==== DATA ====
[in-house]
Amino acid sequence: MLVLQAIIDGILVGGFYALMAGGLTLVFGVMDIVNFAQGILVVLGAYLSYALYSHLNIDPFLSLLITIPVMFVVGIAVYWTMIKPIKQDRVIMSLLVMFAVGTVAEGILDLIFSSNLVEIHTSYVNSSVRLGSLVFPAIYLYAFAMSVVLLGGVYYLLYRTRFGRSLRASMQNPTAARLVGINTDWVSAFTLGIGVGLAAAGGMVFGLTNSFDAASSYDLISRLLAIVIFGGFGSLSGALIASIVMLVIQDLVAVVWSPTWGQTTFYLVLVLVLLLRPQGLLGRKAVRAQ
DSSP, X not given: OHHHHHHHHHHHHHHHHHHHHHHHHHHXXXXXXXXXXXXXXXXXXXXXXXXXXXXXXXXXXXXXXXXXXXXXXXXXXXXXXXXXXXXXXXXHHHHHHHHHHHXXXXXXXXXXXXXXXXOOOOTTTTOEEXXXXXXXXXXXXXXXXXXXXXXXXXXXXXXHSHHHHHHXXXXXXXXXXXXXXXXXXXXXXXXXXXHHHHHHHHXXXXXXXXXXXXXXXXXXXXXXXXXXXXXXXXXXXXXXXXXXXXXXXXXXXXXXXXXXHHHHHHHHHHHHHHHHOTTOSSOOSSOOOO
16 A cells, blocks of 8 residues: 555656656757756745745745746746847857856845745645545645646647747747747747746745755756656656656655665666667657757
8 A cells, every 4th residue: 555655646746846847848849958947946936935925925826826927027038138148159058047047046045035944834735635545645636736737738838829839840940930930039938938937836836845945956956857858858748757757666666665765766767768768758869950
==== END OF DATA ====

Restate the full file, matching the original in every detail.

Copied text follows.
[in-house]
Amino acid sequence: MLVLQAIIDGILVGGFYALMAGGLTLVFGVMDIVNFAQGILVVLGAYLSYALYSHLNIDPFLSLLITIPVMFVVGIAVYWTMIKPIKQDRVIMSLLVMFAVGTVAEGILDLIFSSNLVEIHTSYVNSSVRLGSLVFPAIYLYAFAMSVVLLGGVYYLLYRTRFGRSLRASMQNPTAARLVGINTDWVSAFTLGIGVGLAAAGGMVFGLTNSFDAASSYDLISRLLAIVIFGGFGSLSGALIASIVMLVIQDLVAVVWSPTWGQTTFYLVLVLVLLLRPQGLLGRKAVRAQ
DSSP, X not given: OHHHHHHHHHHHHHHHHHHHHHHHHHHXXXXXXXXXXXXXXXXXXXXXXXXXXXXXXXXXXXXXXXXXXXXXXXXXXXXXXXXXXXXXXXXHHHHHHHHHHHXXXXXXXXXXXXXXXXOOOOTTTTOEEXXXXXXXXXXXXXXXXXXXXXXXXXXXXXXHSHHHHHHXXXXXXXXXXXXXXXXXXXXXXXXXXXHHHHHHHHXXXXXXXXXXXXXXXXXXXXXXXXXXXXXXXXXXXXXXXXXXXXXXXXXXXXXXXXXXHHHHHHHHHHHHHHHHOTTOSSOOSSOOOO
16 A cells, blocks of 8 residues: 555656656757756745745745746746847857856845745645545645646647747747747747746745755756656656656655665666667657757
8 A cells, every 4th residue: 555655646746846847848849958947946936935925925826826927027038138148159058047047046045035944834735635545645636736737738838829839840940930930039938938937836836845945956956857858858748757757666666665765766767768768758869950